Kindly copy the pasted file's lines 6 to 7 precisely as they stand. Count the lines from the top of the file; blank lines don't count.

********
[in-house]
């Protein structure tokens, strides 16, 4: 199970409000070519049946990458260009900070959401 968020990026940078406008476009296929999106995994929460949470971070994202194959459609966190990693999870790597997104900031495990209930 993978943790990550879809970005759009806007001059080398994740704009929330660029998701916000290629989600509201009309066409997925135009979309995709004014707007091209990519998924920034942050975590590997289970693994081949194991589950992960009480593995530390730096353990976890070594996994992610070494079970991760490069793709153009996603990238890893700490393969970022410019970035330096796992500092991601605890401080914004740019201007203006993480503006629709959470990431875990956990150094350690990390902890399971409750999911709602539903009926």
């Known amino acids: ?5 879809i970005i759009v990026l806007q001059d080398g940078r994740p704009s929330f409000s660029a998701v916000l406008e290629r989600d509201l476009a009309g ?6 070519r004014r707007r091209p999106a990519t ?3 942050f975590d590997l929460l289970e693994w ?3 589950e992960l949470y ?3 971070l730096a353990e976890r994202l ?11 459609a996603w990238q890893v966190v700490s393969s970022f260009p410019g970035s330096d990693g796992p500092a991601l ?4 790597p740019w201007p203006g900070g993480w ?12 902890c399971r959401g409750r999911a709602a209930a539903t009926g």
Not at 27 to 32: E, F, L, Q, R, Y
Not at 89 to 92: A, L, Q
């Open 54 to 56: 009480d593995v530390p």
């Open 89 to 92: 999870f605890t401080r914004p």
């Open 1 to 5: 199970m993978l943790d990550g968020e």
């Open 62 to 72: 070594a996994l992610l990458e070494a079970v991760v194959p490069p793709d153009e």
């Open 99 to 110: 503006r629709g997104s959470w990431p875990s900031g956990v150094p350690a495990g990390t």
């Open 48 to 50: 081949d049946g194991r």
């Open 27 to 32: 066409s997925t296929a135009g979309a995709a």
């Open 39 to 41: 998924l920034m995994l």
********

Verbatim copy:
């Open 54 to 56: 009480d593995v530390p």
């Open 89 to 92: 999870f605890t401080r914004p």